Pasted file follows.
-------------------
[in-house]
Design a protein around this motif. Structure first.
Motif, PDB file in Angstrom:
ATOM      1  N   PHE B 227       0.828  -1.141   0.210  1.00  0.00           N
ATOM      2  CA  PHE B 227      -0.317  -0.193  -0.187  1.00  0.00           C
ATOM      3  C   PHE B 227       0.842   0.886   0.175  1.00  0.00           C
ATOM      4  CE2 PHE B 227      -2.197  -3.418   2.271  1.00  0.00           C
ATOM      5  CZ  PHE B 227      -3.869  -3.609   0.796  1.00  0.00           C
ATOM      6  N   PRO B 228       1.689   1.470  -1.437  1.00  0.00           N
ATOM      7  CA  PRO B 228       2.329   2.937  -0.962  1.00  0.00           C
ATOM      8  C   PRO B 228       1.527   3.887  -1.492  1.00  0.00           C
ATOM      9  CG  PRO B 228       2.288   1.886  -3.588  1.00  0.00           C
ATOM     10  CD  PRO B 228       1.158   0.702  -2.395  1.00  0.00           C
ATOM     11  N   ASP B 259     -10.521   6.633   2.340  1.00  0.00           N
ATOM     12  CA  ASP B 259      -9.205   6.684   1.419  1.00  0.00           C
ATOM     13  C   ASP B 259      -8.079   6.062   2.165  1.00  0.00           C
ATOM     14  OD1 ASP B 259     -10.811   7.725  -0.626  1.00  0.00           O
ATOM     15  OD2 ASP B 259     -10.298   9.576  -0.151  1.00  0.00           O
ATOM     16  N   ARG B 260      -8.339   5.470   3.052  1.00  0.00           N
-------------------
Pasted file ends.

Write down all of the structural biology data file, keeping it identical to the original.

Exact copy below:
[in-house]
Design a protein around this motif. Structure first.
Motif, PDB file in Angstrom:
ATOM      1  N   PHE B 227       0.828  -1.141   0.210  1.00  0.00           N
ATOM      2  CA  PHE B 227      -0.317  -0.193  -0.187  1.00  0.00           C
ATOM      3  C   PHE B 227       0.842   0.886   0.175  1.00  0.00           C
ATOM      4  CE2 PHE B 227      -2.197  -3.418   2.271  1.00  0.00           C
ATOM      5  CZ  PHE B 227      -3.869  -3.609   0.796  1.00  0.00           C
ATOM      6  N   PRO B 228       1.689   1.470  -1.437  1.00  0.00           N
ATOM      7  CA  PRO B 228       2.329   2.937  -0.962  1.00  0.00           C
ATOM      8  C   PRO B 228       1.527   3.887  -1.492  1.00  0.00           C
ATOM      9  CG  PRO B 228       2.288   1.886  -3.588  1.00  0.00           C
ATOM     10  CD  PRO B 228       1.158   0.702  -2.395  1.00  0.00           C
ATOM     11  N   ASP B 259     -10.521   6.633   2.340  1.00  0.00           N
ATOM     12  CA  ASP B 259      -9.205   6.684   1.419  1.00  0.00           C
ATOM     13  C   ASP B 259      -8.079   6.062   2.165  1.00  0.00           C
ATOM     14  OD1 ASP B 259     -10.811   7.725  -0.626  1.00  0.00           O
ATOM     15  OD2 ASP B 259     -10.298   9.576  -0.151  1.00  0.00           O
ATOM     16  N   ARG B 260      -8.339   5.470   3.052  1.00  0.00           N